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The Laser Interferometer Gravitational-wave Observatory (LIGO) Scientific Collaboration is a group of 1,000 scientists who have joined together in the search for the elusive gravity waves predicted by Dr. Albert Einstein in his general theory of relativity.

Southern University has been a member of the LIGO Scientific Collaboration since 2000.

At a ceremony in Stockholm, Sweden on December 10, 2017, the Royal Swedish Academy of Sciences awarded the Nobel Prize in Physics 2017 to Rainer Weiss, Barry C. Barish, and Kip S. Thorne, “for decisive contributions to the LIGO detector and the observation of gravitational waves”

“I’m positively delighted that the Nobel Committee has recognized the LIGO discovery and its profound impact on the way we view the cosmos,” said LIGO executive director, David Reitze, in the official LIGO press release. “This prize rewards not just Kip, Rai, and Barry but also the large number of very smart and dedicated scientists and engineers who worked tirelessly over the past decades to make LIGO a reality.”

One of those scientists is Stephen C. McGuire, the Southern University principal investigator to the LIGO Scientific Collaboration.

A Louisiana native, McGuire is a magna cum laude physics graduate of Southern University and A&M College, the historically black college and university (HBCU) located in Baton Rouge.  He received his M.S. degree in nuclear physics from the University of Rochester, and Ph.D. from Cornell University in nuclear science.

“Southern University has been a member of the LIGO team since we were elected to membership in the LIGO Scientific Collaboration (LSC). Our contributions to LIGO science have focused on the development of superior optical materials for use in the core optics of the interferometers,” McGuire said.

McGuire shared the Princess of Asturias Award for Technical and Scientific Research given to Rainer Weiss, Kip S. Thorne, Barry C. Barish, and the LIGO Scientific Collaboration in June of this year.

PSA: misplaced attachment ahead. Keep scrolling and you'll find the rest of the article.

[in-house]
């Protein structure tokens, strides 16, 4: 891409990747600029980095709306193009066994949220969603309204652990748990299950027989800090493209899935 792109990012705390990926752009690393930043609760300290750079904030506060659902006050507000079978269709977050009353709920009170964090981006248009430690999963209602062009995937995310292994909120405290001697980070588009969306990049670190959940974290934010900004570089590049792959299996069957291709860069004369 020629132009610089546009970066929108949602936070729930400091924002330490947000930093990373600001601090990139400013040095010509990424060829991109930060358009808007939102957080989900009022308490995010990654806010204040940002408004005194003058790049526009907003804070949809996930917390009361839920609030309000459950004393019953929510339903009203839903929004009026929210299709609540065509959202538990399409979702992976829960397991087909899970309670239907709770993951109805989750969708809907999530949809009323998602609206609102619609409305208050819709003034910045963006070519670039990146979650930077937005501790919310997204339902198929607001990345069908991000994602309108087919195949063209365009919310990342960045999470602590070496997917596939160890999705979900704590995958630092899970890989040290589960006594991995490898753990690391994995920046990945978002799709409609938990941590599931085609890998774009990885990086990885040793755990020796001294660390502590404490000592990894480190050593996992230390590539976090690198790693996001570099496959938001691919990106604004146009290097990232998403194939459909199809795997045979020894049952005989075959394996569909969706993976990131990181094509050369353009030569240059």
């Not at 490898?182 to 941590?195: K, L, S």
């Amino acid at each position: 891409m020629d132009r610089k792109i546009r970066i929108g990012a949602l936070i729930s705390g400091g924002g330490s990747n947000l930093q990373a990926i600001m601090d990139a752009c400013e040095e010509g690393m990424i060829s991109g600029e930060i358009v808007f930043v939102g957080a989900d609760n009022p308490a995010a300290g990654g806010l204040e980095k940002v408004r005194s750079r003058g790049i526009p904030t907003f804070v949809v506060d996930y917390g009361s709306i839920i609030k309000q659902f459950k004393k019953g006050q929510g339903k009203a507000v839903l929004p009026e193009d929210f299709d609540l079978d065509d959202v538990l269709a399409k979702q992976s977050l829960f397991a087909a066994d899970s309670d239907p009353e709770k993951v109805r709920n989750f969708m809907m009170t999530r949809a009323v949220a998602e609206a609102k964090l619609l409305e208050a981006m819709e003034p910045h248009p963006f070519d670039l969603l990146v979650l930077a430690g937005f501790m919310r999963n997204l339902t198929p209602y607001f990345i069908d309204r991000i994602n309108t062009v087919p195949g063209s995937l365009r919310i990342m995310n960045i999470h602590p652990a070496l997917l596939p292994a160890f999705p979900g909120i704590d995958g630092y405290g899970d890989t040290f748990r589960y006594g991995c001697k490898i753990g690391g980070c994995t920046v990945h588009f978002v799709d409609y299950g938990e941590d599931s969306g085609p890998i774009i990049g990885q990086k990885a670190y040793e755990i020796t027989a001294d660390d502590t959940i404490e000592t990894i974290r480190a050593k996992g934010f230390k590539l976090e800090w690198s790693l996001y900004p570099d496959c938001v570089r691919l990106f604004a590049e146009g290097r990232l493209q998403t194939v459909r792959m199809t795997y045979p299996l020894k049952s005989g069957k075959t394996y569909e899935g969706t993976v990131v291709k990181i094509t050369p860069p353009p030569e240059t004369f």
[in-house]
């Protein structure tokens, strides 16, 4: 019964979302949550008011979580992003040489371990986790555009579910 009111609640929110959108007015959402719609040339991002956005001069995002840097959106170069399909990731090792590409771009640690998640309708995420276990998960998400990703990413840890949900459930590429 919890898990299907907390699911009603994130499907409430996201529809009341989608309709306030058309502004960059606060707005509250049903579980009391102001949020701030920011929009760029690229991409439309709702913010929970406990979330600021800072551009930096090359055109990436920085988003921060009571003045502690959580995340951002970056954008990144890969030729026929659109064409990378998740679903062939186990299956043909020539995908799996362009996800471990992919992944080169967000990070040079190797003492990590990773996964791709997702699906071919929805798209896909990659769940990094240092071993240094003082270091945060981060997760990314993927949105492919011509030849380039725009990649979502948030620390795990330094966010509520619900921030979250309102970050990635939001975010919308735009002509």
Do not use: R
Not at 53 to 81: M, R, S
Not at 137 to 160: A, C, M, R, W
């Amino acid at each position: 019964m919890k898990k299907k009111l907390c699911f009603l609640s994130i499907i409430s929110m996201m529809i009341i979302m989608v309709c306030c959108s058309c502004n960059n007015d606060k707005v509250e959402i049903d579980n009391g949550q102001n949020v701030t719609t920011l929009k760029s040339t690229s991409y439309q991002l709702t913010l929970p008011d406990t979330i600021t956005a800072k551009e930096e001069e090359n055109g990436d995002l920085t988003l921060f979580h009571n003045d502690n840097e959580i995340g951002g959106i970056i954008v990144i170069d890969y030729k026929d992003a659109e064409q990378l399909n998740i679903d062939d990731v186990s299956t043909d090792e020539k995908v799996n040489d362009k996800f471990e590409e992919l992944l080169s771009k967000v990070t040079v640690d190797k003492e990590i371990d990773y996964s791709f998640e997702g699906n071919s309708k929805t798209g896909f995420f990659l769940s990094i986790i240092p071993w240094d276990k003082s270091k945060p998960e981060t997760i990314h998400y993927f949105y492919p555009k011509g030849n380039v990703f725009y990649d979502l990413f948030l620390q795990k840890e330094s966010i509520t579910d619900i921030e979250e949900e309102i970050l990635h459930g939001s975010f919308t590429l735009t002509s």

The Southern University physics professor has been working in the areas of optical materials research and science education outreach since 1999. He serves as the Southern University principal investigator for the LIGO Scientific Collaboration and director of the Southern University Advanced Optical Materials Laboratory located in James Hall on the Baton Rouge campus.

Southern University also is a founding partner in the LIGO Science Education Center (SEC) that engages faculty and students from across the campus as well as the community in science education through in-service and pre-service programs that primarily impact K-12 teacher preparation.

Southern University Interim Executive Vice President and Provost Luria Young is the principal investigator for the Southern University LIGO Science Education Center Partnership.

Many SU students have worked in the Science Education Center, including alumnus William Parker. A detector scientist, Parker was at the helm in the control room at the LIGO Livingston Observatory when the first gravitational waves were detected on September 14, 2015.

“It is an honor to be a member of the LIGO/Virgo Collaboration, and I am thankful for the many students I have served as well as the faculty, staff and LIGO scientists that I have worked with over my 40 years in physics. All can take much pride in this monumental outcome,” added McGuire.

The Virgo collaboration consists of more than 280 physicists and engineers belonging to 20 different European research groups in France, Italy,  the Netherlands, Hungary, Poland, and Spain.

LIGO consists of two widely separated interferometers within the United States – one in Livingston, La., and the other in Hanford, Washington – operated in unison to detect gravitational waves. The National Science Foundation is funding the project that is managed by the California Institute of Technology and the Massachusetts Institute of Technology.

Southern University focuses on minimizing noise in LIGO test mass mirrors in order to maximize the sensitivity of the LIGO interferometers. These investigations have involved detailed experimental and computational studies of atomic composition and chemical structure of the mirror coatings by SU faculty members and students from the physics, chemistry, mathematics, and computer science departments.

Prior to joining the SU faculty, McGuire was an associate professor of nuclear science and engineering at Cornell University. McGuire is also a Fellow of the American Physical Society. He received his B.S. in physics with honors from Southern University, a master’s degree in nuclear physics from the University of Rochester and a Ph.D. in nuclear science from Cornell University.

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